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by:lconnell
Comment Utility
If the traffic is untagged for the access/voice port and the management interface is untagged traffic, wouldn't it be possible to speak with each other?  For instance, what if DHCP was configured on the management interface's subnet, the access/voice ports will get DHCP from there?

I would want my voice ports to get DHCP from somewhere else.
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by:Craig Beck
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Not quite...

The switch untags traffic when it leaves the port. If the management VLAN is 999 and the user VLAN is 14 it doesn't mean the traffic will go into 999 instead when it gets untagged.  It will go in whichever VLAN is the access VLAN.
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by:lconnell
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I thought the switchport untags traffic coming from the switch to the port, where as traffic coming from the connected device to the switchport gets tagged with the access vlan id?

So even though the vlan is untagged it still will only talk to other access ports in the same vlan, it doesn't have to be tagged? Default VLAN and Native VLAN are different broadcast domains?
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by:Craig Beck
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I thought the switchport untags traffic coming from the switch to the port,
Yes that's right.  When a packet gets to the switchport from the client the switch tags the packet with the access VLAN ID.  When the packet leaves the port to go to the client it is untagged so that the client can receive it.

So even though the vlan is untagged it still will only talk to other access ports in the same vlan, it doesn't have to be tagged? Default VLAN and Native VLAN are different broadcast domains?
The VLAN isn't untagged as such.  The switch will always tag it while the packet is 'in' the switch.  That's how it knows which VLAN to put the packet on.
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by:lconnell
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Ok,

How does the switch know what vlan/ports the packet belongs to if the port untags it on egress?

I thought it didn't get untagged until it entered the port of the receiving client. Not when it was leaving the sending client.

As far as a port configured as an access port and a voice port, the voice is tagged, the access traffic should also be tagged until it:

1. leaves the port it originated from?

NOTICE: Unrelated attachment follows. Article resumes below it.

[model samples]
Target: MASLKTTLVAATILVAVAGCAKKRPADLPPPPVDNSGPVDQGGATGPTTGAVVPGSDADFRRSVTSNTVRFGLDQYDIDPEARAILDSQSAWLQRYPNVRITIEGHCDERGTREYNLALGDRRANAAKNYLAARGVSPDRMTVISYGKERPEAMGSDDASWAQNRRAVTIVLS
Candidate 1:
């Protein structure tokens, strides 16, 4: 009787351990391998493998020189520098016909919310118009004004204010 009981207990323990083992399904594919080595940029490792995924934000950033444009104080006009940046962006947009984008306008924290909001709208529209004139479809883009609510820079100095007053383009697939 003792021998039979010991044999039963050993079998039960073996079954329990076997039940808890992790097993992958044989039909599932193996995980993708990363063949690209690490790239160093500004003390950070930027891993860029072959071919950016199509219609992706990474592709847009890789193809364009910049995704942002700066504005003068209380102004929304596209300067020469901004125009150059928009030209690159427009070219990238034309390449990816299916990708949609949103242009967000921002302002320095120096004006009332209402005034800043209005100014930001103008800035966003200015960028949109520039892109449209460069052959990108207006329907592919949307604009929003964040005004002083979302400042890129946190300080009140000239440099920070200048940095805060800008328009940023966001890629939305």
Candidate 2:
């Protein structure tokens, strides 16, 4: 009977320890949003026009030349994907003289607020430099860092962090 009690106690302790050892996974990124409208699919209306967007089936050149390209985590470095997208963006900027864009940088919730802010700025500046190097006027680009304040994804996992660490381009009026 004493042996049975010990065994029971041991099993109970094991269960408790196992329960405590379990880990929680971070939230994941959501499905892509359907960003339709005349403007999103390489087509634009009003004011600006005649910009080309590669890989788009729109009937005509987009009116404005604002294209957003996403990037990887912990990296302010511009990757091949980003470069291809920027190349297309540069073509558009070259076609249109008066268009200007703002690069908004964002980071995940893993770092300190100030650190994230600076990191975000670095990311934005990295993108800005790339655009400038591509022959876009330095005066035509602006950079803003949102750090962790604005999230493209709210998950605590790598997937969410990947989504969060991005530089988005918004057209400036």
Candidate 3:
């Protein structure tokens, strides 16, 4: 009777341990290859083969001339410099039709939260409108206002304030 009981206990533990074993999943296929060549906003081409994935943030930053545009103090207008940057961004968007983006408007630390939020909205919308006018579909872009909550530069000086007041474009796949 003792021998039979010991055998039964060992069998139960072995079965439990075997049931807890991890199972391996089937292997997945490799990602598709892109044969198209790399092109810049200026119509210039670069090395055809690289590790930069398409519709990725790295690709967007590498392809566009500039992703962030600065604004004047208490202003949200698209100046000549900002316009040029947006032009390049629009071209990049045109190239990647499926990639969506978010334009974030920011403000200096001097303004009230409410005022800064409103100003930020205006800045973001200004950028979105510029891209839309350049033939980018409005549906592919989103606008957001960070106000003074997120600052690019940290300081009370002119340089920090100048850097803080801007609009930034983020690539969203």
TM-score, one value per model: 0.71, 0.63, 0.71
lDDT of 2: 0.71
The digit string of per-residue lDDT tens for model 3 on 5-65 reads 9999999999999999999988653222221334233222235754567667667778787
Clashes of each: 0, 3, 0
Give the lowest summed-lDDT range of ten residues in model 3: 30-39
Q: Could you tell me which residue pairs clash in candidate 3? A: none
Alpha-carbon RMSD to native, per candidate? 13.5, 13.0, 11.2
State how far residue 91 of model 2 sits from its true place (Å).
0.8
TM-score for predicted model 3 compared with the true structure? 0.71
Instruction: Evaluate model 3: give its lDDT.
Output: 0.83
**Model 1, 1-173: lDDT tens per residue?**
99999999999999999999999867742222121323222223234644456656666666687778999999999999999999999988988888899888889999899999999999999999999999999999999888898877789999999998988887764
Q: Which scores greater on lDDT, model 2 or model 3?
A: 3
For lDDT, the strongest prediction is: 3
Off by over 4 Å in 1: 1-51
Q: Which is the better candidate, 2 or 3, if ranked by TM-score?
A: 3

2. enters the port it is destined for?

My patience would be wearing thin by now, so I really do appreciate you trying to get this through my thick skull!
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by:Craig Beck
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Don't mention it - I like to help :-)

How does the switch know what vlan/ports the packet belongs to if the port untags it on egress?
It doesn't need to know once it leaves the port.  It only needs to maintain the VLAN tag when sending the packet across a trunk port (so the receiving switch knows which VLAN to place the traffic on).

I thought it didn't get untagged until it entered the port of the receiving client. Not when it was leaving the sending client.
No, the packet gets untagged by the switch (not the client) just before it sends it out of the access port.  The client doesn't do VLAN tagging, so there is no tag to remove.  The switch receives the untagged packet and puts the VLAN tag on it based on the access VLAN ID configured for that port.

As far as a port configured as an access port and a voice port, the voice is tagged, the access traffic should also be tagged until it:

1. leaves the port it originated from?
2. enters the port it is destined for?
This is a bit confusing for people to get, but the access traffic is untagged even though the voice traffic is tagged.

In short, the switch puts a tag on a packet when it receives one from an access port and strips it when it sends it out of an access port.  With a trunk port the tag is untouched.  The switch needs to 'see' the tag so it knows which ports it can send the packet out of (especially for broadcast traffic), but the clients don't.